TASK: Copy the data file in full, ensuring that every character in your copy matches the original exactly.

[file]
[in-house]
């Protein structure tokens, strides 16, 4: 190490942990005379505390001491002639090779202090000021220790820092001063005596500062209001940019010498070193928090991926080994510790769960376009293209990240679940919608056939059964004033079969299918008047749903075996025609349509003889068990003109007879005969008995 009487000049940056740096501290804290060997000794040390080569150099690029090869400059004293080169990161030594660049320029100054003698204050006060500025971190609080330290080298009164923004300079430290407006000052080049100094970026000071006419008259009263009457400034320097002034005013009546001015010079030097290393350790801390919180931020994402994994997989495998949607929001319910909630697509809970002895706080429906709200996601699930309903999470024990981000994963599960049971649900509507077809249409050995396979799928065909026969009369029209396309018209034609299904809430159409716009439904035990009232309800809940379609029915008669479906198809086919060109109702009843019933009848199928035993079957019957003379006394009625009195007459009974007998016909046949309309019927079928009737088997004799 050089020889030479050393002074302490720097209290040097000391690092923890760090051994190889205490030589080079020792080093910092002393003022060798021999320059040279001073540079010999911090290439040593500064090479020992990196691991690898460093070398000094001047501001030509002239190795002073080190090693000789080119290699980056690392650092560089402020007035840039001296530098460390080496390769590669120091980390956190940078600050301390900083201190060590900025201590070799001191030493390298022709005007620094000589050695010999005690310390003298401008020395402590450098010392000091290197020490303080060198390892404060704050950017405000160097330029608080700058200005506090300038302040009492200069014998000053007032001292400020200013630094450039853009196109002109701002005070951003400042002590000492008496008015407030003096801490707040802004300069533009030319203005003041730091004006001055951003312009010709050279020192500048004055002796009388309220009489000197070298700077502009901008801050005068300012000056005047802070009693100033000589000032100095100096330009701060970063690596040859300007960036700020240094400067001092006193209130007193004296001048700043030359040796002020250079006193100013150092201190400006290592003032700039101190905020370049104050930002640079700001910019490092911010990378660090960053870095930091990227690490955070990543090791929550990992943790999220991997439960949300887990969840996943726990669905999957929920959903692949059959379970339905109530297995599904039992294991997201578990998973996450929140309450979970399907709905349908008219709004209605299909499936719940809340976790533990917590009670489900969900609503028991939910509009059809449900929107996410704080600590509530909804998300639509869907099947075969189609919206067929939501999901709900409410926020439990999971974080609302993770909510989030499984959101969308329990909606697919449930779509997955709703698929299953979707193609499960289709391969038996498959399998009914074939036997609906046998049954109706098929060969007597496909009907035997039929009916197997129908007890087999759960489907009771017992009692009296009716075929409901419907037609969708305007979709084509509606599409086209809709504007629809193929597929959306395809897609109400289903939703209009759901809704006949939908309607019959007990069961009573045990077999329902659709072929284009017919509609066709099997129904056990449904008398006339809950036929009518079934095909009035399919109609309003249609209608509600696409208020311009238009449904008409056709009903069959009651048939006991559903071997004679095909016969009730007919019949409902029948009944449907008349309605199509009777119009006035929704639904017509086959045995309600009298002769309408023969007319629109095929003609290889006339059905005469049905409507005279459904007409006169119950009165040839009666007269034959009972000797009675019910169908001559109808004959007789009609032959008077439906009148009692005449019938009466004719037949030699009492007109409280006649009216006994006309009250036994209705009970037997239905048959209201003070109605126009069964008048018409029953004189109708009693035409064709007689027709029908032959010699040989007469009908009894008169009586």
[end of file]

[in-house]
């Protein structure tokens, strides 16, 4: 190490942990005379505390001491002639090779202090000021220790820092001063005596500062209001940019010498070193928090991926080994510790769960376009293209990240679940919608056939059964004033079969299918008047749903075996025609349509003889068990003109007879005969008995 009487000049940056740096501290804290060997000794040390080569150099690029090869400059004293080169990161030594660049320029100054003698204050006060500025971190609080330290080298009164923004300079430290407006000052080049100094970026000071006419008259009263009457400034320097002034005013009546001015010079030097290393350790801390919180931020994402994994997989495998949607929001319910909630697509809970002895706080429906709200996601699930309903999470024990981000994963599960049971649900509507077809249409050995396979799928065909026969009369029209396309018209034609299904809430159409716009439904035990009232309800809940379609029915008669479906198809086919060109109702009843019933009848199928035993079957019957003379006394009625009195007459009974007998016909046949309309019927079928009737088997004799 050089020889030479050393002074302490720097209290040097000391690092923890760090051994190889205490030589080079020792080093910092002393003022060798021999320059040279001073540079010999911090290439040593500064090479020992990196691991690898460093070398000094001047501001030509002239190795002073080190090693000789080119290699980056690392650092560089402020007035840039001296530098460390080496390769590669120091980390956190940078600050301390900083201190060590900025201590070799001191030493390298022709005007620094000589050695010999005690310390003298401008020395402590450098010392000091290197020490303080060198390892404060704050950017405000160097330029608080700058200005506090300038302040009492200069014998000053007032001292400020200013630094450039853009196109002109701002005070951003400042002590000492008496008015407030003096801490707040802004300069533009030319203005003041730091004006001055951003312009010709050279020192500048004055002796009388309220009489000197070298700077502009901008801050005068300012000056005047802070009693100033000589000032100095100096330009701060970063690596040859300007960036700020240094400067001092006193209130007193004296001048700043030359040796002020250079006193100013150092201190400006290592003032700039101190905020370049104050930002640079700001910019490092911010990378660090960053870095930091990227690490955070990543090791929550990992943790999220991997439960949300887990969840996943726990669905999957929920959903692949059959379970339905109530297995599904039992294991997201578990998973996450929140309450979970399907709905349908008219709004209605299909499936719940809340976790533990917590009670489900969900609503028991939910509009059809449900929107996410704080600590509530909804998300639509869907099947075969189609919206067929939501999901709900409410926020439990999971974080609302993770909510989030499984959101969308329990909606697919449930779509997955709703698929299953979707193609499960289709391969038996498959399998009914074939036997609906046998049954109706098929060969007597496909009907035997039929009916197997129908007890087999759960489907009771017992009692009296009716075929409901419907037609969708305007979709084509509606599409086209809709504007629809193929597929959306395809897609109400289903939703209009759901809704006949939908309607019959007990069961009573045990077999329902659709072929284009017919509609066709099997129904056990449904008398006339809950036929009518079934095909009035399919109609309003249609209608509600696409208020311009238009449904008409056709009903069959009651048939006991559903071997004679095909016969009730007919019949409902029948009944449907008349309605199509009777119009006035929704639904017509086959045995309600009298002769309408023969007319629109095929003609290889006339059905005469049905409507005279459904007409006169119950009165040839009666007269034959009972000797009675019910169908001559109808004959007789009609032959008077439906009148009692005449019938009466004719037949030699009492007109409280006649009216006994006309009250036994209705009970037997239905048959209201003070109605126009069964008048018409029953004189109708009693035409064709007689027709029908032959010699040989007469009908009894008169009586």